The great Australian dream of owning your own “castle” has changed a little, with many first homebuyers today opting to buy an investment property first instead.
In fact, Mortgage Choice’s latest investors survey revealed 36.6 per cent of investors were first-time buyers (up from 21.1 per cent at the same time last year).
Australians increasingly want to live close to work and where the action is, which is why most people like to live close to the capital city centres, but with prices rising across most capital cities, purchasing property near or close to the city is becoming increasingly difficult for buyers; especially first homebuyers.
The increasing appeal for younger generations to rent in desirable locations (where they can’t afford to buy) and buy an investment property where they can afford to but don’t want to live, is behind this sentiment shift to buying an investment property before their first home.
The buzz word is “Rent-vesting”
This trend, described as “rent-vesting”, suits the lifestyle of many millennials, allowing them flexibility in where they live, giving them the opportunity to travel and at the same time allowing them to grow their wealth.
Interestingly, this shift could mean the official statistics that show record low first homebuyer activity probably understate the real buying activity of young Australians, because rent-vestors purchasing investment properties wouldn’t be documented as a first homebuyer in the data.
Buying an investment property first may help you achieve your ultimate goal of owning your dream home in a number of ways:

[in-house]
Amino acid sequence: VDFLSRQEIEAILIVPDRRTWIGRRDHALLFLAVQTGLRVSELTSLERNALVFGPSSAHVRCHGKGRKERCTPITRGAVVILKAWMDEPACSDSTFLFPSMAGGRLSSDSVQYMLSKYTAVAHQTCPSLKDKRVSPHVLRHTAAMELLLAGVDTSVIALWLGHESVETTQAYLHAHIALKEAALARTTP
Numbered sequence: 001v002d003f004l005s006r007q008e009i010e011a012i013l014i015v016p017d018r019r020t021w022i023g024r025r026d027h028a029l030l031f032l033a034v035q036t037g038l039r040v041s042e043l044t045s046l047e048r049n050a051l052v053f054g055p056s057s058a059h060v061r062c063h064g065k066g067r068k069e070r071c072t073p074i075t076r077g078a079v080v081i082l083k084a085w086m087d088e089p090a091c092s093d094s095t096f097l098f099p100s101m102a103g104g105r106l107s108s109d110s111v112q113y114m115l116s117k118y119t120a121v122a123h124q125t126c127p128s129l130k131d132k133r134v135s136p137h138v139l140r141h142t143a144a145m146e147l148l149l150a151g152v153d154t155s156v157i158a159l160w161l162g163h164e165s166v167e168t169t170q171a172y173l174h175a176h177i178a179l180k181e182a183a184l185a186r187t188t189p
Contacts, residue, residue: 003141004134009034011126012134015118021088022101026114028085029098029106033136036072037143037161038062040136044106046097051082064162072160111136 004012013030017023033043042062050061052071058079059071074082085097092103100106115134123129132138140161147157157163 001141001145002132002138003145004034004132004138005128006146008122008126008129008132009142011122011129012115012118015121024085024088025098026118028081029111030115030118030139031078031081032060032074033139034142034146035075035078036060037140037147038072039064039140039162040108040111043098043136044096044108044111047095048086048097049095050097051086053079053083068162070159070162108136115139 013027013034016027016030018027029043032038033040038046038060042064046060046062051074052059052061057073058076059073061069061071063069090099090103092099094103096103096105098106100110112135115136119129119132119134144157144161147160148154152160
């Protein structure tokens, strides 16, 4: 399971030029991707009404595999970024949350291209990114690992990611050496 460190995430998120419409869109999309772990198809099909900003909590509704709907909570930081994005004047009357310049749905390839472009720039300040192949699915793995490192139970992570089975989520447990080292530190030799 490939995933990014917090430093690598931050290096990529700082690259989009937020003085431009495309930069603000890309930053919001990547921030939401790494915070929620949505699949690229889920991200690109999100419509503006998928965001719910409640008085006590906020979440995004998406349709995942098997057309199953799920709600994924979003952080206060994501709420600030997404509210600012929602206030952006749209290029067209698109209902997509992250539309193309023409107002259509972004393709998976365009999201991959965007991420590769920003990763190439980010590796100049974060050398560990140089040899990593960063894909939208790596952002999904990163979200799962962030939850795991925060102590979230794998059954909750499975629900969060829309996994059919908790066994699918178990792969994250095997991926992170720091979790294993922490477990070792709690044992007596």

1. Someone else pays the mortgage
Imagine you find a property you’d like to call home, but can’t quite afford to buy it right now.
One solution could be to initially rent it out so the tenant helps pay off your mortgage until such a time as your finances improve and you can move in yourself.
You’re likely to find tax benefits, including depreciation and negative gearing, may help you manage your loan for those first few difficult years.
By using the rent coming in, plus any regular savings, your loan could be paid down much quicker than if you moved in straight away.
Before you adopt this strategy, make sure you get tax advice as your investment property could attract capital gains tax in the future, even if it becomes your main residence.
2. The benefits of capital growth
If you had to choose between cash flow and capital growth as an investment strategy, most would invest for capital growth every time.
This is because wealth from real estate is achieved through long-term capital appreciation and the ability to refinance to buy more properties.
Therefore, you should only buy in a suburb that offers high capital growth potential, and this may not be where you’d like to live in the short term.
Remember, most inner- and near-city apartments have exhibited little capital growth over the last decade, so if you’re keen to live in the centre of the big smoke, just rent there and buy your investment property in a high growth suburb elsewhere.
If your investment performs well, it could help reduce the amount you ultimately need to borrow to buy your new home.
Some other important issues to consider
Before you adopt rent-vesting, or any other investment strategy, you should:
Prepare a budget and get independent tax and accounting advice to ensure your approach is financially achievable.
Understand the risks as well as the rewards of property investing, such as the responsibilities of being a landlord as well as the illiquid nature of property investment.
Recognise that property prices can go down as well as up, so there may be some risk to this strategy.
Understand your eligibility for your state or territory’s first homeowner grants or stamp duty concessions if you buy an investment property first.
Always keep a close eye on how your investment property is tracking in terms of cash flow and capital growth, but remember that property investment is a long-term wealth creation strategy.
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